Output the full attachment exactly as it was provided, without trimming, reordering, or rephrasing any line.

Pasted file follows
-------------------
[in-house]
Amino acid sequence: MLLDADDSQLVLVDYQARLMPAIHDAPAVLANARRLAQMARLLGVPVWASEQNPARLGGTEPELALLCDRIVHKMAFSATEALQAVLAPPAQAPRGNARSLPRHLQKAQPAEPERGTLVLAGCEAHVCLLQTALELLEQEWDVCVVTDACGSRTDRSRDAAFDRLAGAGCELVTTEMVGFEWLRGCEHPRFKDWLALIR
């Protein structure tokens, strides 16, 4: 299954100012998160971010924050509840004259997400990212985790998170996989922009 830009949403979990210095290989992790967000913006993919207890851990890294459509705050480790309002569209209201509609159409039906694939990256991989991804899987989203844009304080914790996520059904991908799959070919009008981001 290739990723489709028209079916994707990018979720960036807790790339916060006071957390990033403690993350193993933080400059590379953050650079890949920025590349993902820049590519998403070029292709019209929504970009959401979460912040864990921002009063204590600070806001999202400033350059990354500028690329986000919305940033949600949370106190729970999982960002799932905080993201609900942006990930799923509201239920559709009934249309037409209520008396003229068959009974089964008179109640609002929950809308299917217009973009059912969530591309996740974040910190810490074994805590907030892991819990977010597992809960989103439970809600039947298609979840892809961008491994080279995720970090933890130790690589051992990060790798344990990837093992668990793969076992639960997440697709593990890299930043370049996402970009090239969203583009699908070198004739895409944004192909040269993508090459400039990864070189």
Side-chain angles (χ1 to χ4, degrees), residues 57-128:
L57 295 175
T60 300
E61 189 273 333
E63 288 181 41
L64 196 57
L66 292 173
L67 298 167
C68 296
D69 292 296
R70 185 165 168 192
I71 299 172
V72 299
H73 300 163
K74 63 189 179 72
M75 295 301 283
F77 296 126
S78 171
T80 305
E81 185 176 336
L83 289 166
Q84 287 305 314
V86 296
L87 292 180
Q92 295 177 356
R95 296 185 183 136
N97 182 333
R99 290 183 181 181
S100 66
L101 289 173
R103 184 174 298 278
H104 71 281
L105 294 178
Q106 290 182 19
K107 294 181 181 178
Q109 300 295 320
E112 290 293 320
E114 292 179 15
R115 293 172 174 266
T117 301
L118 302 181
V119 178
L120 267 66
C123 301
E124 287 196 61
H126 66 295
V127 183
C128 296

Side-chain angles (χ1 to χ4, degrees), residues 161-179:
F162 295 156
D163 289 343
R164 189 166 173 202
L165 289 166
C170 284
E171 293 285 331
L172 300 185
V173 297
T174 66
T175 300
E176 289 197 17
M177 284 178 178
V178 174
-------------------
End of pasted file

[in-house]
Amino acid sequence: MLLDADDSQLVLVDYQARLMPAIHDAPAVLANARRLAQMARLLGVPVWASEQNPARLGGTEPELALLCDRIVHKMAFSATEALQAVLAPPAQAPRGNARSLPRHLQKAQPAEPERGTLVLAGCEAHVCLLQTALELLEQEWDVCVVTDACGSRTDRSRDAAFDRLAGAGCELVTTEMVGFEWLRGCEHPRFKDWLALIR
């Protein structure tokens, strides 16, 4: 299954100012998160971010924050509840004259997400990212985790998170996989922009 830009949403979990210095290989992790967000913006993919207890851990890294459509705050480790309002569209209201509609159409039906694939990256991989991804899987989203844009304080914790996520059904991908799959070919009008981001 290739990723489709028209079916994707990018979720960036807790790339916060006071957390990033403690993350193993933080400059590379953050650079890949920025590349993902820049590519998403070029292709019209929504970009959401979460912040864990921002009063204590600070806001999202400033350059990354500028690329986000919305940033949600949370106190729970999982960002799932905080993201609900942006990930799923509201239920559709009934249309037409209520008396003229068959009974089964008179109640609002929950809308299917217009973009059912969530591309996740974040910190810490074994805590907030892991819990977010597992809960989103439970809600039947298609979840892809961008491994080279995720970090933890130790690589051992990060790798344990990837093992668990793969076992639960997440697709593990890299930043370049996402970009090239969203583009699908070198004739895409944004192909040269993508090459400039990864070189």
Side-chain angles (χ1 to χ4, degrees), residues 57-128:
L57 295 175
T60 300
E61 189 273 333
E63 288 181 41
L64 196 57
L66 292 173
L67 298 167
C68 296
D69 292 296
R70 185 165 168 192
I71 299 172
V72 299
H73 300 163
K74 63 189 179 72
M75 295 301 283
F77 296 126
S78 171
T80 305
E81 185 176 336
L83 289 166
Q84 287 305 314
V86 296
L87 292 180
Q92 295 177 356
R95 296 185 183 136
N97 182 333
R99 290 183 181 181
S100 66
L101 289 173
R103 184 174 298 278
H104 71 281
L105 294 178
Q106 290 182 19
K107 294 181 181 178
Q109 300 295 320
E112 290 293 320
E114 292 179 15
R115 293 172 174 266
T117 301
L118 302 181
V119 178
L120 267 66
C123 301
E124 287 196 61
H126 66 295
V127 183
C128 296

Side-chain angles (χ1 to χ4, degrees), residues 161-179:
F162 295 156
D163 289 343
R164 189 166 173 202
L165 289 166
C170 284
E171 293 285 331
L172 300 185
V173 297
T174 66
T175 300
E176 289 197 17
M177 284 178 178
V178 174